While Dan Snyder may have put in a foolhardy construction (buy 'em used!) effort in the past, the change in direction and philosophy for the Redskins is now paying clear dividends.
Shifting the focus back to Morris, I have yet to use the word stud, so I'll do it now. He's a stud!
His season is the best in the "cap" since Clinton Portis, currently ranked second in the NFL with 658 yards. He has five touchdowns on the ground while averaging 4.8 yards per carry. Not too shabby...
His brute force has allowed him to shed initial contact, breaking tackles at the line of scrimmage on oodles or runs and the Steelers defense will be tested to the max—but hopefully not to its breaking point!
The Liability of Polumbus
Jammal Brown's injury forced Tyler Polumbus into action for the Redskins, and he has been a liability at right tackle.
In action around Polumbus will be "Ziggy" Hood, Larry Foote and... Lamarr Woodley!
The Washington O-line has done a sound job of keeping Griffin protected and blocked for Alfred Morris phenomenally. Along that line, however, Polumbus marks the weak link that the Steelers defense needs to attack to cause disruption.
Not only will winning the matchup against Polumbus open up rushing lanes for linebackers and keep a steady defensive presence in the backfield, but it will also help the defensive front to keep containment of RG3. The worst thing that could happen aside from a big game by Alfred Morris would be the allowance of Griffin around the edge...particularly to his throwing side on the right!
Can Dwyer Repeat Sunday Night's Showing?
On Sunday Night, Jonathan Dwyer ran rampant over the Cincinnati Bengals, most impressively shown when the team finally ground out the last ticks of the clock late in the fourth quarter. It was the type of game-deciding (or, salvaging) march that Steelers fans have missed in recent seasons.
During the broadcast, it was mentioned by the Michaels-Collinsworth duo that Dwyer is a back in the Jerome Bettis mold, best utilized over the course of an entire game to wear down a defense and progressively "ground and pound" the opposition.
To that point, Dwyer's season had been lackluster compared to his prospects entering camp, having arrived in tip-top shape and showing off for legions of fans at St. Vincent College. His 17 rushes for 122 yards finally reflected the type of optimism that Steelers fans had for him entering 2012.
Part of the disappointment in the run game has been the offensive line and nagging injuries that continually plague the unit. However, I believe another key factor in the team's inconsistent (if not non-existent) run attack has been a misuse of talents.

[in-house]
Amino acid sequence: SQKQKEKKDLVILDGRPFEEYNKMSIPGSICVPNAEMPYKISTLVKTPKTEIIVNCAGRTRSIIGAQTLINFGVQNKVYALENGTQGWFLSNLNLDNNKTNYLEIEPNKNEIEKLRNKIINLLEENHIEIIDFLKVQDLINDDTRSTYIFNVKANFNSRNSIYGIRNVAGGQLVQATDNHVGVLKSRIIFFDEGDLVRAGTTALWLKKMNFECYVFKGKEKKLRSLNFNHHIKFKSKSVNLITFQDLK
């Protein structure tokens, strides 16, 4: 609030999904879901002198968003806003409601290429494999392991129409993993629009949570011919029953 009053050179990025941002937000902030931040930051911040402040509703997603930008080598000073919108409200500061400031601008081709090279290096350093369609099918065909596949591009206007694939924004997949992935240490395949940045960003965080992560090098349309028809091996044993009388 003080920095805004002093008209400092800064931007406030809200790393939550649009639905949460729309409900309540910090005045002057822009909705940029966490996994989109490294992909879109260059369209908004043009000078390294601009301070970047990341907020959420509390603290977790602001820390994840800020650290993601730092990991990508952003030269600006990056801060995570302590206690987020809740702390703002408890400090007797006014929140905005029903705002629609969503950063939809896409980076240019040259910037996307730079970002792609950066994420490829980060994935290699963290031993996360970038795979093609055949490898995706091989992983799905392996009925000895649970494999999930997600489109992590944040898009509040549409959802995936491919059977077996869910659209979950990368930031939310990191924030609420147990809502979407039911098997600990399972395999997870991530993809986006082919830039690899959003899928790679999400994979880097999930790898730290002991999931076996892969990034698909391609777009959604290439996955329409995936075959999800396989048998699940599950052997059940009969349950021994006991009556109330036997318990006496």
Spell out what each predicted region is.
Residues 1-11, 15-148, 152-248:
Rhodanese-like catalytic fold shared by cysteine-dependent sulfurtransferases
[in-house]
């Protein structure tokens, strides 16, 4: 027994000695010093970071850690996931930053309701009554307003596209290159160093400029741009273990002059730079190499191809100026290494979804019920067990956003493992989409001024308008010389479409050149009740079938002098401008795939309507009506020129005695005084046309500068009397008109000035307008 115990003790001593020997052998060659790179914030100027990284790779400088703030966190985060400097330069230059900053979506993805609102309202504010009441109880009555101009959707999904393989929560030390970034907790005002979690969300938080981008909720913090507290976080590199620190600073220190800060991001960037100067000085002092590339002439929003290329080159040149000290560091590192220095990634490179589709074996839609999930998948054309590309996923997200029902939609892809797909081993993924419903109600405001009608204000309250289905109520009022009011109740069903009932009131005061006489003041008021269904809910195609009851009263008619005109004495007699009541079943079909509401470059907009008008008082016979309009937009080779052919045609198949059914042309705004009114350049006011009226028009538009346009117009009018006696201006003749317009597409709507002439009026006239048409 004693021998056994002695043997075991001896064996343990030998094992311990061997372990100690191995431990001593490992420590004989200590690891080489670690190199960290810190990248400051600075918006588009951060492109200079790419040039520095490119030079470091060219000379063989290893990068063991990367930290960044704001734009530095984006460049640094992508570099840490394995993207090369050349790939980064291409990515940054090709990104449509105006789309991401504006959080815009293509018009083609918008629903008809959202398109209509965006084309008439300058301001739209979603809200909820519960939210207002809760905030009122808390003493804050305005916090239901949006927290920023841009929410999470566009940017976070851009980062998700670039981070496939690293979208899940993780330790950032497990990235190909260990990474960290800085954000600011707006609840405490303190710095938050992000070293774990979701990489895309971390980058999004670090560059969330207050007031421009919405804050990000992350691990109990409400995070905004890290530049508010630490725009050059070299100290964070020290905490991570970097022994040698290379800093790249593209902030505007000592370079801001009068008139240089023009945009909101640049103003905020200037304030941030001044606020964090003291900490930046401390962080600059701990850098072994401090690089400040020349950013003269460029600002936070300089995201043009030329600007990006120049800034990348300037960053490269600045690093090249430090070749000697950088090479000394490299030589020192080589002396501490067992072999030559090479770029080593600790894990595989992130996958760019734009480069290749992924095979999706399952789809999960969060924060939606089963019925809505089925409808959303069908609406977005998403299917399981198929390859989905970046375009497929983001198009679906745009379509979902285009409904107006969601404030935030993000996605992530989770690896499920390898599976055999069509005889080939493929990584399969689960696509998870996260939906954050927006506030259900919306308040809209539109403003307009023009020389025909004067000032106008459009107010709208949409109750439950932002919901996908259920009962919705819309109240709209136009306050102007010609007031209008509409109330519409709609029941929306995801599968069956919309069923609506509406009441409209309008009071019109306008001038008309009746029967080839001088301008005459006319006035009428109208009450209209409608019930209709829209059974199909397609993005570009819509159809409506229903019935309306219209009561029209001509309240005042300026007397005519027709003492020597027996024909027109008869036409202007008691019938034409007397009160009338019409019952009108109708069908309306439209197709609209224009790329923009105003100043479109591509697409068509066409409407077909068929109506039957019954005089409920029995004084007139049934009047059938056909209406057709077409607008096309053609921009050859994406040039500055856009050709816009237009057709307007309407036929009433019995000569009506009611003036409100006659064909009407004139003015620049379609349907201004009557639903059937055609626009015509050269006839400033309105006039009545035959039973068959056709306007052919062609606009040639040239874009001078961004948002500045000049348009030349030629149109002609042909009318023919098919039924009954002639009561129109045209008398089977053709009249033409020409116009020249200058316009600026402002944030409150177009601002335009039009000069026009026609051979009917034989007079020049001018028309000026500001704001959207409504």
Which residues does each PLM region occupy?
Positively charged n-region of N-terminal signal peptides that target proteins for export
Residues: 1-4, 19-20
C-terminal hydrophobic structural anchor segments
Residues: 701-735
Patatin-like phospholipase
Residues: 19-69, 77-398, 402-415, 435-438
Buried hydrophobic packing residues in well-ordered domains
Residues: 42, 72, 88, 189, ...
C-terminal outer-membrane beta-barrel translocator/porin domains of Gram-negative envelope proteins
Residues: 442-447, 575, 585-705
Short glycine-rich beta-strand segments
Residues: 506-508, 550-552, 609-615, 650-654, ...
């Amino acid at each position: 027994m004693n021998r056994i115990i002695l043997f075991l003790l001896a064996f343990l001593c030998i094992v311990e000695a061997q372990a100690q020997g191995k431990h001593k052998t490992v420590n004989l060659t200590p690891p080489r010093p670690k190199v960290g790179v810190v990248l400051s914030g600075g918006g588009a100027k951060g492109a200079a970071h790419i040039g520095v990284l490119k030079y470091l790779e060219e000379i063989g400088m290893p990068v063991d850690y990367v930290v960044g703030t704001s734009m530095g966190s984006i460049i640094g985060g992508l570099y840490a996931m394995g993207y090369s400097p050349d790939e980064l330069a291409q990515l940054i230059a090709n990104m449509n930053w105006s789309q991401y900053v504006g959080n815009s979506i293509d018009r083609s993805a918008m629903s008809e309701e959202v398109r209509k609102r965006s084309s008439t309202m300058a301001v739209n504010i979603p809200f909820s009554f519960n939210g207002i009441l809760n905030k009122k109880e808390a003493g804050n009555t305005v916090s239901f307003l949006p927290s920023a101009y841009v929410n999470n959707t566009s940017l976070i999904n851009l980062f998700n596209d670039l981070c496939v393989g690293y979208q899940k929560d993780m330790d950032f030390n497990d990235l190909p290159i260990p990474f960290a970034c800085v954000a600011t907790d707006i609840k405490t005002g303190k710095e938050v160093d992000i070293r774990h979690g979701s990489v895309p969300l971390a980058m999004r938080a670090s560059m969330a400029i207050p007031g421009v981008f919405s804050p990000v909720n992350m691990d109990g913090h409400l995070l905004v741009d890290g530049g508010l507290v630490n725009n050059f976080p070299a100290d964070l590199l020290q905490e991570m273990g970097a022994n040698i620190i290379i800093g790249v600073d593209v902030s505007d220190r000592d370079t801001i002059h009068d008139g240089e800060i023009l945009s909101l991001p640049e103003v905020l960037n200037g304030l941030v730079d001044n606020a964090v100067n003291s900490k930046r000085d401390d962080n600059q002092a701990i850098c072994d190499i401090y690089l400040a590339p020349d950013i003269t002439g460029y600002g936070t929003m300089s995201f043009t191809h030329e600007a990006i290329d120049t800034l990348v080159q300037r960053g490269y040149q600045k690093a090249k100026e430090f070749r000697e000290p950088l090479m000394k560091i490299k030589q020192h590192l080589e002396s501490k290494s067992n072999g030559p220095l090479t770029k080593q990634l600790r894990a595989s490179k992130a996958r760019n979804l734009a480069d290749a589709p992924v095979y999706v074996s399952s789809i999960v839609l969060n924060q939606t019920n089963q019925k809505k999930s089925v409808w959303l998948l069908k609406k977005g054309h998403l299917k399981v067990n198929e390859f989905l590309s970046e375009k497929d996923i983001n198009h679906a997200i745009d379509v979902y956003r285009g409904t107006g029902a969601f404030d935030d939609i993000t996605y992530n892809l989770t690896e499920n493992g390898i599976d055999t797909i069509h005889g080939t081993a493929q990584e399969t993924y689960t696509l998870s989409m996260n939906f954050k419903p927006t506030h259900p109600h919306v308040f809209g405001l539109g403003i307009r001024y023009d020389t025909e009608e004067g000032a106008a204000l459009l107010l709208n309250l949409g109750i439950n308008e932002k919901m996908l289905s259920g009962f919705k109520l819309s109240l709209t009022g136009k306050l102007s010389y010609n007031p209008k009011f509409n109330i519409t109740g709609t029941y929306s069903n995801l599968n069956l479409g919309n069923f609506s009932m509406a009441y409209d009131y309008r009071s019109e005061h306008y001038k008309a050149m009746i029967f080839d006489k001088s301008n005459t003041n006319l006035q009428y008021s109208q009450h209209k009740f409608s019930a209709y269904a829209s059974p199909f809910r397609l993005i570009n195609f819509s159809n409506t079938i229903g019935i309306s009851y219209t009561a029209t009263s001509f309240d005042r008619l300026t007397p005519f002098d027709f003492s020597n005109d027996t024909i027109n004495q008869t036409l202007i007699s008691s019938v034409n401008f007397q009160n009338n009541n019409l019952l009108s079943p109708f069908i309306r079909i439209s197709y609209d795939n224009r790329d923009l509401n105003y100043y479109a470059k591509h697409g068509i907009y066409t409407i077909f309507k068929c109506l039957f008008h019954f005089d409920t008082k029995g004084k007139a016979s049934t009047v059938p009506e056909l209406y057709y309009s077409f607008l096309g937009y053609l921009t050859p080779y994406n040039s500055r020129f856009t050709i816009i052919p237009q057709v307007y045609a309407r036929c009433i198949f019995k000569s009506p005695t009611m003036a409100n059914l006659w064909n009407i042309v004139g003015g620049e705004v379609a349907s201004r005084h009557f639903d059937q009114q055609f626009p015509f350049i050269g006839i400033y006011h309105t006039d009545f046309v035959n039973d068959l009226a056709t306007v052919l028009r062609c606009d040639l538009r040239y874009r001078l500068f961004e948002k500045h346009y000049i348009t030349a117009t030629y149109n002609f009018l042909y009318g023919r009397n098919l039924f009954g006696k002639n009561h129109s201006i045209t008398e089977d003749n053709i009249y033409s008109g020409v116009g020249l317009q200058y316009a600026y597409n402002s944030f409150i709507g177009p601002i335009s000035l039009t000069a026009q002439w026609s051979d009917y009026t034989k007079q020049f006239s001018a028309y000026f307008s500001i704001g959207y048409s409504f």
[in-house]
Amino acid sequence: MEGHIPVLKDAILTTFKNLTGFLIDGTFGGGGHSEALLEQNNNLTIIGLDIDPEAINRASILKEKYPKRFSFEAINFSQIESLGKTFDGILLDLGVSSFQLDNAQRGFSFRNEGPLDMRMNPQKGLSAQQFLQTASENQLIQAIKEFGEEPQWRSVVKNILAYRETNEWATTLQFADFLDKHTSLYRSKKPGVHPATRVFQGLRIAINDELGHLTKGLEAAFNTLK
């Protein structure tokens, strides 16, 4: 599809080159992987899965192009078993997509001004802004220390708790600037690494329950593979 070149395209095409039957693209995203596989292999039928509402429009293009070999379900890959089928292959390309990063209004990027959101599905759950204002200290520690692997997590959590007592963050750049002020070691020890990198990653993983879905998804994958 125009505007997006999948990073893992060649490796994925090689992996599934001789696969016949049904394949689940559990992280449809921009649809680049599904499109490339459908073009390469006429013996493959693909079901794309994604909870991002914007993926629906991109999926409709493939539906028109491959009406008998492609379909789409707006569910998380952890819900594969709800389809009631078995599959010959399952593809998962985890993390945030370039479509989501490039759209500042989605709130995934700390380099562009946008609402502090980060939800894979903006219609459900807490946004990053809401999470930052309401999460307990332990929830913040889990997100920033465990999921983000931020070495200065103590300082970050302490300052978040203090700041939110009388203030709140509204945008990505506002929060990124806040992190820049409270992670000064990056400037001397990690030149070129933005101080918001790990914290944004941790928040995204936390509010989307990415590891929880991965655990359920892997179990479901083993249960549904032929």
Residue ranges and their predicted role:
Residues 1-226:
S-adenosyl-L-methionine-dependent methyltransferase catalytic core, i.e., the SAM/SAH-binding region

Isaac Redman, oft-injured before the season, started and took the bulk of carries in the early going. Too many people put stock in his final two games of last year (averaging over seven yards per run), and not enough focuses on his real strength as a committee back who provides an offensive spark or change of pace.
I felt (and feel) strongly that in the absence of Mendenhall, Dwyer should be the featured back with occasional handoffs to Redman. This facilitates both of their experiences and styles. Now, with the team's health forcing its own hand, the Steelers will once again give Jon the bulk of work.
Was last week's effort against the Bengals, who the Steelers have traditionally run well against, a mere aberration? Or, was it a showcase of things to come?
The Redskins have fared well against the run, giving up 85.3 yards per game and 3.9 yards per carry.
Sunday's game is a showcase for some of the NFL's most productive tight ends to-date in 2012.
It's a call that is becoming very common across Steelers Country in 2012.
Heath Miller can put himself in position for the checkdown pass, find the soft spot against the defense for key first downs, and make the key block when held on the line.
Heath Miller is a do-it-all tight end. Having such a great player is a true luxury. So far, Miller has 31 receptions for 290 yards and five (five!) touchdowns.
For all of the acclaim surrounding Miller, Washington's Fred Davis had been a steady force on the 'Skins offense. His 24 grabs for 325 yards are both team leads, and though he didn't find the end zone, he averaged over 13 yards per catch.
In the wake of Davis' injury, the Redskins have Chris Cooley as replacement. His role in the offense and play time will be interesting to gage.
In a game that promises to have an offensive edge, tight ends will certainly see their share of targets!
Making Sunday Night Count!
The Steelers look to follow up on a huge 24-17 win over the Bengals by improving their home record to 3-0. Sunday night's victory allowed the Black and Gold to leapfrog Cincy, reclaim a .500 record, and served as the team's first game and win over a division rival.
All of these things were important, vital really...
But the magnitude of the win in Western Ohio will be greatly diminished with a home loss to the Redskins. With a shot to attain a winning record for the first time all season, the Steelers cannot afford to slip up.
After all, if the Ravens are ripe for the plucking, the time is now to make up ground. With Baltimore on the bye, the feasibility of being thick in the division race will be largely dictated on the Steelers' ability to string wins together.
With a victory, one would be able to argue that the team is finally ready to move on from a sluggish start, learn from their mistakes, improve and win.
Yet, with a loss, all of that is nullified.